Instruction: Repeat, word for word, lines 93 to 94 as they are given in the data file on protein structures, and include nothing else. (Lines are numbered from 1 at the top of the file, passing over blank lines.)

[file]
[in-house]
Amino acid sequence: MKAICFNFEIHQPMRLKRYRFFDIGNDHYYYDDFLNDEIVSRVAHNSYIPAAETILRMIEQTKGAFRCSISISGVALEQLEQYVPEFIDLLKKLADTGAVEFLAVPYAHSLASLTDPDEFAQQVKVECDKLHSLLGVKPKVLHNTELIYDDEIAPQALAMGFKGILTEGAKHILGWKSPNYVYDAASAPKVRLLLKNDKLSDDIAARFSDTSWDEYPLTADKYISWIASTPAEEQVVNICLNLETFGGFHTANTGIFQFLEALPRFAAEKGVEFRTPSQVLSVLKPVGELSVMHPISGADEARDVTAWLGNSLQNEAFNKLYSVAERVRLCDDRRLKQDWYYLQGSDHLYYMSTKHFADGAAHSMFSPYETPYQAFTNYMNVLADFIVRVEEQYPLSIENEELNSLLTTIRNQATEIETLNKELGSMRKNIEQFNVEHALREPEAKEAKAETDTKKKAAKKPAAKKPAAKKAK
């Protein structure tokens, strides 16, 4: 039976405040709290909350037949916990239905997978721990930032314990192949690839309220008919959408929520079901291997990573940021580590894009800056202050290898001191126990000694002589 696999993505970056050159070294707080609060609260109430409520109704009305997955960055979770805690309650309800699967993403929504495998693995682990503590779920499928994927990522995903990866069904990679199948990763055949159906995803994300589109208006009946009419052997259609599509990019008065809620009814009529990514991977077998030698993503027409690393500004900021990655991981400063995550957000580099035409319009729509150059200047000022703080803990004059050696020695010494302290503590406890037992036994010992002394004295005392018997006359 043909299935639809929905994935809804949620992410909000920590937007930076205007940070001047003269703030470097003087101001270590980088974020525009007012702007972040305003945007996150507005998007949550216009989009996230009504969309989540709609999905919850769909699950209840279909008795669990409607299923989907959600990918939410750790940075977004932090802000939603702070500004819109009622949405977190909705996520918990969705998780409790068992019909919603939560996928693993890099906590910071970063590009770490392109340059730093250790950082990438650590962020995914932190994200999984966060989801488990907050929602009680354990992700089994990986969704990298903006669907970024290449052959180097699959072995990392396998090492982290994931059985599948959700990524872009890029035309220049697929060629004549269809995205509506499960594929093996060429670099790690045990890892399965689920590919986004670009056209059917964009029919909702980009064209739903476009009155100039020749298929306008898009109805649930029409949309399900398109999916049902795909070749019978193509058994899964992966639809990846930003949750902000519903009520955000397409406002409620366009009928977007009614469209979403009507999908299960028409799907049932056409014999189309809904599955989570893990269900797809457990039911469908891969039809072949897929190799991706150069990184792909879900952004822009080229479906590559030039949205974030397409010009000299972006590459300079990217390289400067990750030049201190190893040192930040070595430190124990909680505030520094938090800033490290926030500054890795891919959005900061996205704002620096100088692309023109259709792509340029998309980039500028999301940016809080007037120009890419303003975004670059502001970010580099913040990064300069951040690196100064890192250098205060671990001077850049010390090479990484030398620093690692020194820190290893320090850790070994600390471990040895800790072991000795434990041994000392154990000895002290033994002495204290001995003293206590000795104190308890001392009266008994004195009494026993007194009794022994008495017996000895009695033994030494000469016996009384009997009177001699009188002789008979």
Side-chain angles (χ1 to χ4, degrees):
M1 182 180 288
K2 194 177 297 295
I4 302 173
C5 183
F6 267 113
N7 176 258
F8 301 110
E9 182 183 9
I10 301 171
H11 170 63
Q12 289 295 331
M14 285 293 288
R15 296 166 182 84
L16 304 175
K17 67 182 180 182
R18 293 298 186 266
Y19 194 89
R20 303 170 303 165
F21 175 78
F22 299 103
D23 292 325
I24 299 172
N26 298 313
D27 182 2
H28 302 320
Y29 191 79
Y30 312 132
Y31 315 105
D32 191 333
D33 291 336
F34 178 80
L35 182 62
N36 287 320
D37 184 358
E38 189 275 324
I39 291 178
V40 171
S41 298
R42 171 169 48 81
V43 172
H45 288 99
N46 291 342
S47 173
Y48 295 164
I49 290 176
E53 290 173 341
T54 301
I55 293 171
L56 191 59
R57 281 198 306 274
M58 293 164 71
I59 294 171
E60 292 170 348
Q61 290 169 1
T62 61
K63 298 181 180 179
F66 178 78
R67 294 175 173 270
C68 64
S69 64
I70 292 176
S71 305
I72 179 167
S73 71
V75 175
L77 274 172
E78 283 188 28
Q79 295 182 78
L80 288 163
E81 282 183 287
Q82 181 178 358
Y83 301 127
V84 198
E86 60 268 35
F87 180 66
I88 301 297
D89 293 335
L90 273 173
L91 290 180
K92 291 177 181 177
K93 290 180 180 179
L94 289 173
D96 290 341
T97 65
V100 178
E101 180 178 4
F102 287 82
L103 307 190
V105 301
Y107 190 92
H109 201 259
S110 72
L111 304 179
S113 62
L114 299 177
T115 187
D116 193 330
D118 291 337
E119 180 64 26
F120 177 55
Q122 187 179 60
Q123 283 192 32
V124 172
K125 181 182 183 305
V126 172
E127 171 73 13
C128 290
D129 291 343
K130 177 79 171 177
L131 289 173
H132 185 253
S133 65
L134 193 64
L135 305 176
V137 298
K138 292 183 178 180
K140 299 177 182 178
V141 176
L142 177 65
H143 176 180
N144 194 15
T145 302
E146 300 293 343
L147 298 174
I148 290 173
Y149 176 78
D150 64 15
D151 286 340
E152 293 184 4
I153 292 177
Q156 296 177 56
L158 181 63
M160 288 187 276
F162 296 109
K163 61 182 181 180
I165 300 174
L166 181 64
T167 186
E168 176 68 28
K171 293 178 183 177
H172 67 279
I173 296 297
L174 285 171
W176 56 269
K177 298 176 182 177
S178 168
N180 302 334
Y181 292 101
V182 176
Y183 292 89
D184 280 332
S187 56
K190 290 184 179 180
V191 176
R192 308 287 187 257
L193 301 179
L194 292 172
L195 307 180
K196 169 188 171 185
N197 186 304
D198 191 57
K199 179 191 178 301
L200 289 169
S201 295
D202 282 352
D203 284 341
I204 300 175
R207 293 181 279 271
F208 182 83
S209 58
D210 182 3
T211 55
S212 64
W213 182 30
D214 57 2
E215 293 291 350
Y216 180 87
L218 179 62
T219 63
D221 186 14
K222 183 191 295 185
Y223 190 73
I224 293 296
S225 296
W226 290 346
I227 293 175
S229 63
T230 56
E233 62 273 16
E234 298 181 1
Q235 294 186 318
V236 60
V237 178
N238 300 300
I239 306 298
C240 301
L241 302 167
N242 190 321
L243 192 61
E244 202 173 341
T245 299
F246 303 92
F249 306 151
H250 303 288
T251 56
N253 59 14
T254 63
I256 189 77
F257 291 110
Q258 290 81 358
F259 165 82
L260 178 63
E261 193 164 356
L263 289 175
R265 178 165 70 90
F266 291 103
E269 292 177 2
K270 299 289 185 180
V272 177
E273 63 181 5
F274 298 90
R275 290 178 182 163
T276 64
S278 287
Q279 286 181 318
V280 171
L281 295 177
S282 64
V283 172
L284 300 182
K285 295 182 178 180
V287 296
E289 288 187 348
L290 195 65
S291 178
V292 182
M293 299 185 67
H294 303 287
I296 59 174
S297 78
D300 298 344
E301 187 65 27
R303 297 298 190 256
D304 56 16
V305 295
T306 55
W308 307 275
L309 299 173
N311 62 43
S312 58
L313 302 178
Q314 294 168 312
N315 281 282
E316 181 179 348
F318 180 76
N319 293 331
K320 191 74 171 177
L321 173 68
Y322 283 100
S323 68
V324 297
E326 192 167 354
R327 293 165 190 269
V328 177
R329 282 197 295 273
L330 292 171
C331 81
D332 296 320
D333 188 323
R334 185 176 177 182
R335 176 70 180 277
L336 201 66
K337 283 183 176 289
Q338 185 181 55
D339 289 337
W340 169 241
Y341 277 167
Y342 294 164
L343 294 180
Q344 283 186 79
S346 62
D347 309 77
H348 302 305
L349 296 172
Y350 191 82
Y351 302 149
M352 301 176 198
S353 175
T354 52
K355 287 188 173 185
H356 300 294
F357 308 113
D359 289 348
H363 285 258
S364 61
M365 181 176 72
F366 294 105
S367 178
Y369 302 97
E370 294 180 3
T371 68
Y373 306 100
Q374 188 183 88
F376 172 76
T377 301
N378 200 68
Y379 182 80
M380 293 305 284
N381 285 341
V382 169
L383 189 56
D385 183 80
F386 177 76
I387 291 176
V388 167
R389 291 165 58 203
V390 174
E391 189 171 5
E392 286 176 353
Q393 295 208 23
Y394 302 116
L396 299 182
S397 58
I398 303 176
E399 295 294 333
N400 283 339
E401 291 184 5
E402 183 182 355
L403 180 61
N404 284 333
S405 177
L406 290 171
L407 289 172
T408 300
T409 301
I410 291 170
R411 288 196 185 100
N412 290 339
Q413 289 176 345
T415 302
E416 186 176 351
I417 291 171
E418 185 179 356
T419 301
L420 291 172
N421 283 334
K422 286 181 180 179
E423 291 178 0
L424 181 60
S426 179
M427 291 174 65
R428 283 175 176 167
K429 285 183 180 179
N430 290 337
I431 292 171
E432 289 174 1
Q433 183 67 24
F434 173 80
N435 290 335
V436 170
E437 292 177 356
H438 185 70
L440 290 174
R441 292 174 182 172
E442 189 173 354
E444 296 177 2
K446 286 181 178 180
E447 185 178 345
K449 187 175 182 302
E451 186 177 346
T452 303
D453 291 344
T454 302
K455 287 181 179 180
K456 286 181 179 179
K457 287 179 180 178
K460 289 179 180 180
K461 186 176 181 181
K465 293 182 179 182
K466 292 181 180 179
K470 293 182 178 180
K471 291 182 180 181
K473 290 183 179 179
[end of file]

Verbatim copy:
V105 301
Y107 190 92